About one in five Americans mostly agree with ideas consistent with the QAnon conspiracy theory, according to a new survey from the Public Religion Research Institute. That’s an increase from one in seven since last year.
One such idea, believed by 17 percent of respondents, is that the U.S. is controlled by a group of Satan-worshipping pedophiles who run a global child sex-trafficking operation.
“This is the kind of disordered thinking that we associate with unstable societies,” said Mona Charen, a former Republican speechwriter and columnist who now serves as an editor of the Bulwark, a conservative news and analysis website.
Charen spoke on Oct. 27, at an event unveiling the latest edition of the Public Religion Research Institute’s annual American Values Survey.
This revelation about growing acceptance of the conspiracy comes ahead of midterm elections including several candidates who have espoused QAnon conspiracies. More than a dozen candidates for congressional and statewide offices who have supported the conspiracy will appear on general election ballots, according to an analysis by Grid News. If elected, those candidates could strengthen the foothold of this conspiracy and others in American politics.
The American Values Survey gauges Americans’ opinions on a series of prominent political, social, and cultural issues. This year’s survey was conducted in early September.
Who believes in QAnon?
The 2021 survey revealed that 14 percent of Americans mostly agreed with the core tenets of the QAnon conspiracy theory. This year, that number jumped to 19 percent.
The survey measured belief in QAnon by asking about respondents’ agreement with three statements: “The government, media, and financial worlds in the U.S. are controlled by a group of Satan-worshipping pedophiles who run a global child sex-trafficking operation;” “There is a storm coming soon that will sweep away the elites in power and restore the rightful leaders;” and “Because things have gotten so far off track, true American patriots may have to resort to violence in order to save our country.”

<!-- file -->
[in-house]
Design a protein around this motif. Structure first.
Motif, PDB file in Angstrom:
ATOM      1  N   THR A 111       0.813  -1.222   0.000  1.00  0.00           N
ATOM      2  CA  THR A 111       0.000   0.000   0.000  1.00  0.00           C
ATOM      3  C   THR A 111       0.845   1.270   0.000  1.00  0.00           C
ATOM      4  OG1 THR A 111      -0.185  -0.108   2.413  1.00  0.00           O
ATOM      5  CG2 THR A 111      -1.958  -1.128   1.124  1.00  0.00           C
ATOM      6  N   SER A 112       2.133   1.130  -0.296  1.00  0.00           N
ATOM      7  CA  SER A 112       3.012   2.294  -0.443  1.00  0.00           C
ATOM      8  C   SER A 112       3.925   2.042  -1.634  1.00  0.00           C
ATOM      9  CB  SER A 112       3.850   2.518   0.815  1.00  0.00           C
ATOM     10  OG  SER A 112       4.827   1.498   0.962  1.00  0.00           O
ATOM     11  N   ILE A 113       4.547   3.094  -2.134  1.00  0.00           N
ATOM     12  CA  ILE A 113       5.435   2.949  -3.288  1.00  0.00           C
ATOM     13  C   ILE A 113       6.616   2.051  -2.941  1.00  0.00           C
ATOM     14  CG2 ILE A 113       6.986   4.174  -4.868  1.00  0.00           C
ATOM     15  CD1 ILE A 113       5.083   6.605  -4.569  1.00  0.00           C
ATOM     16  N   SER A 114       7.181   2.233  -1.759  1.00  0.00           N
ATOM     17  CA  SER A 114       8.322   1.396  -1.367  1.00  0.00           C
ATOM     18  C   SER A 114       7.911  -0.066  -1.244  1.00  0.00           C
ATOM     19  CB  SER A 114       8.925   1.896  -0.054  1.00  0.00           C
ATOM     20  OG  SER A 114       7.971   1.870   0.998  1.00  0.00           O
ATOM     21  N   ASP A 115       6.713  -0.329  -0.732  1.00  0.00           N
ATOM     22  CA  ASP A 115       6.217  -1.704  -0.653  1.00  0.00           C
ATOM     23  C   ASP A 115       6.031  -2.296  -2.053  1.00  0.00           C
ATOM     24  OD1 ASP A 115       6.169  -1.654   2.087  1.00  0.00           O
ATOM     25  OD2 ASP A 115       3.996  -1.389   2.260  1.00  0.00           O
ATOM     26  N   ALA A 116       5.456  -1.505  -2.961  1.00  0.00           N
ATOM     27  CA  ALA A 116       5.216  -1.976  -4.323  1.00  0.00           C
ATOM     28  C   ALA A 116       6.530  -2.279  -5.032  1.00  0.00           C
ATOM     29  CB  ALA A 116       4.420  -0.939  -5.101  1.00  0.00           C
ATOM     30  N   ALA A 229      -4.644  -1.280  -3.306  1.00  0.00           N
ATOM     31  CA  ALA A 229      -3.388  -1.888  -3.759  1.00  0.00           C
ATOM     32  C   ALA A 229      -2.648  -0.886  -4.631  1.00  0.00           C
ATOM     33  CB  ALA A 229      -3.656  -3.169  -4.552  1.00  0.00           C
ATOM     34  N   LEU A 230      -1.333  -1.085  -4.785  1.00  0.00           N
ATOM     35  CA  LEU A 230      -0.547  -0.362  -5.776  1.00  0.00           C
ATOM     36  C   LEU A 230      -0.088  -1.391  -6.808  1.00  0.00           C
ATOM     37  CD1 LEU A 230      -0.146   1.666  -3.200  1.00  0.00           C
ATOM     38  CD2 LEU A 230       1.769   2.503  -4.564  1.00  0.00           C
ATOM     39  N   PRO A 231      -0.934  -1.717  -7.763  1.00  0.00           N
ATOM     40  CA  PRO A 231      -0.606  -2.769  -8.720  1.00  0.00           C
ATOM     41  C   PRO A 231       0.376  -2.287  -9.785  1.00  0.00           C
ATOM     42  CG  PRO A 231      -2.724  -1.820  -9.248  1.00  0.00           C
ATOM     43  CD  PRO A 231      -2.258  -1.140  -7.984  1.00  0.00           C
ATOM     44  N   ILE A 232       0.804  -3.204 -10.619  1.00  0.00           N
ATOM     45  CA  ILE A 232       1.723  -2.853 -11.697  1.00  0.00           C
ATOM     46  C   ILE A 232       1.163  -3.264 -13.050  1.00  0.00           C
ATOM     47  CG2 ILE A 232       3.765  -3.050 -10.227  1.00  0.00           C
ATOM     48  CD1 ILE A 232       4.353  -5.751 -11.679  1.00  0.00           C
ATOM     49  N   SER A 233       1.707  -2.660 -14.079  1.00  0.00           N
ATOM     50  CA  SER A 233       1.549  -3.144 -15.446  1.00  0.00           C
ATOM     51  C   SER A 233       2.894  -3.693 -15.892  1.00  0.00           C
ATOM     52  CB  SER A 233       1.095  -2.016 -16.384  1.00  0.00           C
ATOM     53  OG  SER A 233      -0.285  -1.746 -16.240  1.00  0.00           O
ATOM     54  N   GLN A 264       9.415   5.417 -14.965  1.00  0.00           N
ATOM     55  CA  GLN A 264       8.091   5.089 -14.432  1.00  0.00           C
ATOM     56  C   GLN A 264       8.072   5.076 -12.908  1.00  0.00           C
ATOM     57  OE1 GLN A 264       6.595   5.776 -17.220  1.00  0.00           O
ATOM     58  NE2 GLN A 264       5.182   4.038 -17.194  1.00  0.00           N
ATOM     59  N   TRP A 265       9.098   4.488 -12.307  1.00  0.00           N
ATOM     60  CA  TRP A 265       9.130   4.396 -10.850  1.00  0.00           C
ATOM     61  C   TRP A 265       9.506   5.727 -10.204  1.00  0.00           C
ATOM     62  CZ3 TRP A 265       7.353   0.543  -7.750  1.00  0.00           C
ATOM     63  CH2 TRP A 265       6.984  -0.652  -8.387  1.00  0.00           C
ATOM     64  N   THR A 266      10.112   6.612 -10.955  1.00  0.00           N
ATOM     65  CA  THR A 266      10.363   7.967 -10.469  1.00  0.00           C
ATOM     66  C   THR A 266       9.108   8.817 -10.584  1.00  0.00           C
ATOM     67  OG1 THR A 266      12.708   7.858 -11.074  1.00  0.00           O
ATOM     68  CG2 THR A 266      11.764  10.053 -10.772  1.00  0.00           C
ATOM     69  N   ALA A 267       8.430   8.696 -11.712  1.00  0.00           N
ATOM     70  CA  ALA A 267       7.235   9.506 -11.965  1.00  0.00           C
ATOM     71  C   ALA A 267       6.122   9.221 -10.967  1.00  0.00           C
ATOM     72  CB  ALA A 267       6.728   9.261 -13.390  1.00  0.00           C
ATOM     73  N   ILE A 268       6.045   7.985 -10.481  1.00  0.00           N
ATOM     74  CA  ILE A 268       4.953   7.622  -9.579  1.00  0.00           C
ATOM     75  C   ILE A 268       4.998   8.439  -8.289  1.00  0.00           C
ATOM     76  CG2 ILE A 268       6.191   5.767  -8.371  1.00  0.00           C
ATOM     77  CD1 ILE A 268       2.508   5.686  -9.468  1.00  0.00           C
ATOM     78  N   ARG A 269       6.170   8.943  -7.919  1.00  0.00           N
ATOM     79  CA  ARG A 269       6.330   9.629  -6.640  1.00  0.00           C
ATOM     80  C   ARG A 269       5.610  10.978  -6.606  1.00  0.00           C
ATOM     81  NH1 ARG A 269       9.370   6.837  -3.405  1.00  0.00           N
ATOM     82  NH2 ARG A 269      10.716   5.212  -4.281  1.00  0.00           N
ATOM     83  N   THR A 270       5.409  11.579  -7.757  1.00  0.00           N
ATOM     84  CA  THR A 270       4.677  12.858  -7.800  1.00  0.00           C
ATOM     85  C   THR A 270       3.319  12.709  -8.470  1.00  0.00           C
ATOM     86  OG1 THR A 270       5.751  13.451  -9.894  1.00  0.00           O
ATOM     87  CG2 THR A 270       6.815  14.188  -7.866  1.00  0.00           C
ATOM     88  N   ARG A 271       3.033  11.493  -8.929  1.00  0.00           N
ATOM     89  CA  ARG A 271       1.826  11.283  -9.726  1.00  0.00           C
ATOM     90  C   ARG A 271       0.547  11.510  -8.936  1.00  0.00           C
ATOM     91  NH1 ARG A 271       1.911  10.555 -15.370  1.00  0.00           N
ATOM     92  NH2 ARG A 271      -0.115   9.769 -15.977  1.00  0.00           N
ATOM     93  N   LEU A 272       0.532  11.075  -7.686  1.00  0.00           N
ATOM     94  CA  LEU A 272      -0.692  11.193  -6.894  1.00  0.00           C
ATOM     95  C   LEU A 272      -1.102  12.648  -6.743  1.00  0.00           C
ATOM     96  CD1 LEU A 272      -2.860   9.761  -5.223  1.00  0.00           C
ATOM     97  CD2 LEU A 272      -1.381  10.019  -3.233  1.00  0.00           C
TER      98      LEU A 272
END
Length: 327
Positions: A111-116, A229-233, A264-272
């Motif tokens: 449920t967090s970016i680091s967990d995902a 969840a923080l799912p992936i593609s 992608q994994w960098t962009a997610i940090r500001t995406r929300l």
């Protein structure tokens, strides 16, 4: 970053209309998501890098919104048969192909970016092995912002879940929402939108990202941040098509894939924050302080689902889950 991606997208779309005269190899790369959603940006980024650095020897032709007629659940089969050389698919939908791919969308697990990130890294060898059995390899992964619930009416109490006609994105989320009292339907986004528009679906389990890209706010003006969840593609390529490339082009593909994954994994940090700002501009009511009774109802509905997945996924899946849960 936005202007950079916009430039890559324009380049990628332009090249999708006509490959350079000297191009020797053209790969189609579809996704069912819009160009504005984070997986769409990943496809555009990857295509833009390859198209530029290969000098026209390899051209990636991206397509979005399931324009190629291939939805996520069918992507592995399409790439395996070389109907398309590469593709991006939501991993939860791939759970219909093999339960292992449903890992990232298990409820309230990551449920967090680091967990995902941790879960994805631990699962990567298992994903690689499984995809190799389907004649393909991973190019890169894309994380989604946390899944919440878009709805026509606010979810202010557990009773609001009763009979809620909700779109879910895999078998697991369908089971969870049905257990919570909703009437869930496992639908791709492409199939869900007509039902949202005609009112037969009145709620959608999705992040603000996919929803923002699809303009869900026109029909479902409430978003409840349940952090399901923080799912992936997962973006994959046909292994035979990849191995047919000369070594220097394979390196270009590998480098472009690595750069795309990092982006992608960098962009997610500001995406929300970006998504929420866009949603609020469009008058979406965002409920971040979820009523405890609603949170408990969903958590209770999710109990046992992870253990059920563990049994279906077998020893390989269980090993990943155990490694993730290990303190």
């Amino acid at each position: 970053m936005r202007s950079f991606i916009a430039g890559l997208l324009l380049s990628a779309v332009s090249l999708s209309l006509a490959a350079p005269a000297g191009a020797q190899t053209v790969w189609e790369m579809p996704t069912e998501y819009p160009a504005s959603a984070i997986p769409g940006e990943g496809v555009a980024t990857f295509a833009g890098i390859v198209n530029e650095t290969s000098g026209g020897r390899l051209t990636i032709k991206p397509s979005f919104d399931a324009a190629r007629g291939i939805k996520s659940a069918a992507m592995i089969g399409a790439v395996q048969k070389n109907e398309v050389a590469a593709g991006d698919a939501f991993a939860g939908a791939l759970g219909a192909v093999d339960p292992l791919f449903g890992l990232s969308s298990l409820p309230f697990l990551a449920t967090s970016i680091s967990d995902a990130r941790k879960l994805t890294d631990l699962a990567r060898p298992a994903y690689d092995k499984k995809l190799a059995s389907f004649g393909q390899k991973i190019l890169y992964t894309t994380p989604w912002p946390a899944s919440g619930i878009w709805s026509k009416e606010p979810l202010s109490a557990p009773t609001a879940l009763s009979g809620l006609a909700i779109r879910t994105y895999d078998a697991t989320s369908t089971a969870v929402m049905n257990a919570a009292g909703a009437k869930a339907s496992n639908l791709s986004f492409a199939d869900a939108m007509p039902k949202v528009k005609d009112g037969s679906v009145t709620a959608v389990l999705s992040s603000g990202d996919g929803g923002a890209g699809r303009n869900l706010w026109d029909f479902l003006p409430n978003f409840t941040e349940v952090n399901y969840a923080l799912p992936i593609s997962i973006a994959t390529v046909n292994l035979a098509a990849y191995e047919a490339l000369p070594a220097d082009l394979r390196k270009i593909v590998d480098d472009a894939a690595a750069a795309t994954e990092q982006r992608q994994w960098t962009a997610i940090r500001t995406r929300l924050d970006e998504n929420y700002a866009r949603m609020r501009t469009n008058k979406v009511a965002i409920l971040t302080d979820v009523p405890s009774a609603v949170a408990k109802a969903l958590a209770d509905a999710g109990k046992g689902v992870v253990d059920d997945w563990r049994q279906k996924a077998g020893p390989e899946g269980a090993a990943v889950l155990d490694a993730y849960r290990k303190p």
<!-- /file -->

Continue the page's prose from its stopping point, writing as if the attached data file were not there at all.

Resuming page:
“Respondents did not have to agree with all three items in order to fall into the ‘believer’ category,” Natalie Jackson, PRRI’s director of research told Sojourners. “We scaled the items so that, for example, someone who completely agrees with two of the three, but somewhat disagrees with one, would be a believer.”
Survey respondents who mostly disagreed with the statements were labeled QAnon doubters. Respondents who completely disagreed with all three were labeled QAnon rejecters.
“Even as I stare at the numbers, I have trouble assimilating this,” Charen said. “A significant share of our fellow citizens are not just angry or alienated, dissatisfied, sour. They are unhinged.”
QAnon belief is most closely associated with trust in far-Right news outlets, though political affiliation, religion, and education also have strong correlations with belief in the conspiracy.
Religion’s relationship with QAnon belief
All religious groups identified in the survey, except for white Catholics, had higher levels of belief in QAnon than religiously unaffiliated Americans. For some groups, that could be attributed to high levels of Republican partisanship.
Some 27 percent of Republicans respondents expressed belief in the QAnon conspiracy as compared to 8 percent of Democrats. Those numbers have changed little since last year.
But partisanship likely does not explain the phenomenon entirely. Even non-Christian religious Americans, who tend to support Democrats, demonstrated high levels of belief in the core ideas of QAnon.
The survey did not directly ask respondents about QAnon by name; the researchers instead tried to gauge Americans’ belief in the conspiracy’s central ideas, regardless of whether the respondents associated the ideas with “QAnon.”
Surveys that directly ask about QAnon by name have shown declining support for the conspiracy. According to survey data from Civiqs, an online polling and analytics company, support for the theory among Americans has declined from 7 percent two years ago to 3 percent now.
The Public Religion Research Institute survey also present mixed views on former President Donald Trump’s favorability among Americans.
The survey asked about the impact of the House January 6 committee’s hearings on Trump’s favorability. About a third of respondents said their view of the former president became less favorable.
However, when asked about Trump in another question that did not reference the January 6 hearings, respondents expressed stable views of the former president. The percentage of people with a favorable view of him was 35 percent. That number has not changed significantly since last year.
Split views on American progress
The survey did find some common ground among Americans. The vast majority of survey participants said they believe the country is headed in the wrong direction. However, they were split on whether the country’s best days are ahead or behind.
Nearly half said they believe the country’s culture and way of life have gotten worse since the 1950s. Two-thirds of Republicans said things have gotten worse, whereas less than one-third of Democrats thought so.
Robert P. Jones, the founder of PRRI and the survey’s lead researcher, said at the event Thursday that he was disheartened by this year’s findings.
“I’m still continually struck by how — by party, by race, by religion — we are in many ways factions and worlds apart,” he said.
The full survey results are available on PRRI’s website.